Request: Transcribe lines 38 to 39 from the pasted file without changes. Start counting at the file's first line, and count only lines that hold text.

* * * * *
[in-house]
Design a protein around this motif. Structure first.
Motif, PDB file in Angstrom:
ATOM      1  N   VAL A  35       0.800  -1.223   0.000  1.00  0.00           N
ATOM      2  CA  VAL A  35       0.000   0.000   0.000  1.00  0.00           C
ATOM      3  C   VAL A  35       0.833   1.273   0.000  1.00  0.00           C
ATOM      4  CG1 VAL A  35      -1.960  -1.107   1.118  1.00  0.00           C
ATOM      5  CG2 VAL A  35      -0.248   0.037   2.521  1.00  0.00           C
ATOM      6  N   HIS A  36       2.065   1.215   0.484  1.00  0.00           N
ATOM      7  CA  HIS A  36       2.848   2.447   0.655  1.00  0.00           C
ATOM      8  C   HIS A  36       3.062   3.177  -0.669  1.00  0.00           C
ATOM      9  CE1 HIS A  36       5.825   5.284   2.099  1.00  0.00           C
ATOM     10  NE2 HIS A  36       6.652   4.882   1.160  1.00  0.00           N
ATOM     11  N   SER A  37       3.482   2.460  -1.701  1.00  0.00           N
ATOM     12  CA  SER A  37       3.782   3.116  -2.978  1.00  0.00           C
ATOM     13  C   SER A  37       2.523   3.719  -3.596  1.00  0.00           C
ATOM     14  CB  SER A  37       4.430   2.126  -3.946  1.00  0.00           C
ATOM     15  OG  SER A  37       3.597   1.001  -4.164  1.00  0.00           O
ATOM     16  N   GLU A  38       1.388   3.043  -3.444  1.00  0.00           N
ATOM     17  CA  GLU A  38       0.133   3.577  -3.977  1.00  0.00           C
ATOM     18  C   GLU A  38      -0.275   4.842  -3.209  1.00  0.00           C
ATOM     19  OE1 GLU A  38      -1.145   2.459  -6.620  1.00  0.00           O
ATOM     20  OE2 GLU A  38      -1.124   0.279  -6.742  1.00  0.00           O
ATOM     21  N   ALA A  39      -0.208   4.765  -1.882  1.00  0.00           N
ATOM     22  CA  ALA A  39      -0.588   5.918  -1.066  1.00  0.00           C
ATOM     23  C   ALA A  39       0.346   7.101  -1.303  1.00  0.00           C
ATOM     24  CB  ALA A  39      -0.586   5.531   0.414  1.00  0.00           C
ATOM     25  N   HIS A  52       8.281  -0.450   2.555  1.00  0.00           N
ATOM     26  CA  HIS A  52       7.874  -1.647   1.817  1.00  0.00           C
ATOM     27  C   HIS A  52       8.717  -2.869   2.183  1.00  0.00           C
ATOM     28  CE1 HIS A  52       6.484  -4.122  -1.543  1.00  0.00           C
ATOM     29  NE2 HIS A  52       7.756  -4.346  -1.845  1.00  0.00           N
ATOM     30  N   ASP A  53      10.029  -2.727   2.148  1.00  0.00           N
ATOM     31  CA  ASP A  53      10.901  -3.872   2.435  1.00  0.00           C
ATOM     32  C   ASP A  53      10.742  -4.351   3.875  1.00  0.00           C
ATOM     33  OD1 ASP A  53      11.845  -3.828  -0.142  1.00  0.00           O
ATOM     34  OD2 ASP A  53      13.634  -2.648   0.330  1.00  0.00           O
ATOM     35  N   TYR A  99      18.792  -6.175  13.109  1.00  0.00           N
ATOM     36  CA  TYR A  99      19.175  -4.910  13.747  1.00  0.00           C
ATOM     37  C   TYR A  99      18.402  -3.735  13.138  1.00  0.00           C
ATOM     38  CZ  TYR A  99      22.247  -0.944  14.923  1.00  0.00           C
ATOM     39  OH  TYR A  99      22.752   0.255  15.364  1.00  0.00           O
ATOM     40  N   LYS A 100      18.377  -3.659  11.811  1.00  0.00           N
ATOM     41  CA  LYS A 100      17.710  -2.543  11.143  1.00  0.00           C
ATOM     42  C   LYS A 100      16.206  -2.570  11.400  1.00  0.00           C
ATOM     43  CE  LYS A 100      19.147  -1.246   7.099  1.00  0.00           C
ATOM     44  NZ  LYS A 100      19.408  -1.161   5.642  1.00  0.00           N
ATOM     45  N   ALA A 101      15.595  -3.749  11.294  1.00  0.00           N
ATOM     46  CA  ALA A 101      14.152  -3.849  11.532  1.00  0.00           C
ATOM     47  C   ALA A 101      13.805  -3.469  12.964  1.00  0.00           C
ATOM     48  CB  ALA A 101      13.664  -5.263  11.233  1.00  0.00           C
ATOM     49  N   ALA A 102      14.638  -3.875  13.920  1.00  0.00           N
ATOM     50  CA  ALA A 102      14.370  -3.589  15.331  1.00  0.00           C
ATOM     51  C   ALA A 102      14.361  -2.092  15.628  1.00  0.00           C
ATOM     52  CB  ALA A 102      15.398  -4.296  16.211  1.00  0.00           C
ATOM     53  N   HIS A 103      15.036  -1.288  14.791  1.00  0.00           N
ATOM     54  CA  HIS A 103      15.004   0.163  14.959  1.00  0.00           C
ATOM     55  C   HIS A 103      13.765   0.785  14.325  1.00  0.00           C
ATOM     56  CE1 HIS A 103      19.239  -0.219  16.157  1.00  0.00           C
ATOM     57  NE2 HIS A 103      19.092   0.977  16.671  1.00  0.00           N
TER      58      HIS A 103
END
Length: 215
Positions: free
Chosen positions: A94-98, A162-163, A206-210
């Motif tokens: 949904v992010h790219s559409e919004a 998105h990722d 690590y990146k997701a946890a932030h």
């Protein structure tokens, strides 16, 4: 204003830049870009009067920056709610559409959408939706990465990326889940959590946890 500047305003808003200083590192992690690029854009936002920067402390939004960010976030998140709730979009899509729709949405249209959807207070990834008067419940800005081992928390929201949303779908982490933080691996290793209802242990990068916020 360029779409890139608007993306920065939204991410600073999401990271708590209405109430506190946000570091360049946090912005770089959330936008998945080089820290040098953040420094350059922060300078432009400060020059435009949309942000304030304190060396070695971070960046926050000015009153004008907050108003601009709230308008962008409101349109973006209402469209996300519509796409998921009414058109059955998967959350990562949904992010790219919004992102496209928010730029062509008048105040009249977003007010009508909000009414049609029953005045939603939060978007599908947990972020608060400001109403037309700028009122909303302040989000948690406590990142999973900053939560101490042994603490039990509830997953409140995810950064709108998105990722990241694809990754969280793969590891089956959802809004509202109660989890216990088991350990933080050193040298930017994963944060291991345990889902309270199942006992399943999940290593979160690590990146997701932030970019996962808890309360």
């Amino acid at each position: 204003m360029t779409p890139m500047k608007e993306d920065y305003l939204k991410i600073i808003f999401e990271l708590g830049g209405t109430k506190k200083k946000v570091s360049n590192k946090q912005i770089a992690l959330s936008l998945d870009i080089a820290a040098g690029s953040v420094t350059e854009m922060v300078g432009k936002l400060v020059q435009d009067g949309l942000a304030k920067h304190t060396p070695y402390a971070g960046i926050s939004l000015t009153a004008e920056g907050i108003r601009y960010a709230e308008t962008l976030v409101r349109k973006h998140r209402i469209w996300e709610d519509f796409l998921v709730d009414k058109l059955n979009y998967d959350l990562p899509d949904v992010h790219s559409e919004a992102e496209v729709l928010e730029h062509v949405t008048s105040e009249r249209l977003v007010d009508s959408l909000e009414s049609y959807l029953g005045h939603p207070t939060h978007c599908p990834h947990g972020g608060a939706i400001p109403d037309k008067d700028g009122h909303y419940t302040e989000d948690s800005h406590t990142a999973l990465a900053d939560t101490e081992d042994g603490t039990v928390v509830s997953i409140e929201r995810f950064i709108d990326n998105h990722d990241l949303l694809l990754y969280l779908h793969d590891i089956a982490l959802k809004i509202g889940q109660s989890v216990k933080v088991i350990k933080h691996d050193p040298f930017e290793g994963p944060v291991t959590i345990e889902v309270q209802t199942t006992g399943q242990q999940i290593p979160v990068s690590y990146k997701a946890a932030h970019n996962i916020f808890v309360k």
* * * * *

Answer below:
ATOM     35  N   TYR A  99      18.792  -6.175  13.109  1.00  0.00           N
ATOM     36  CA  TYR A  99      19.175  -4.910  13.747  1.00  0.00           C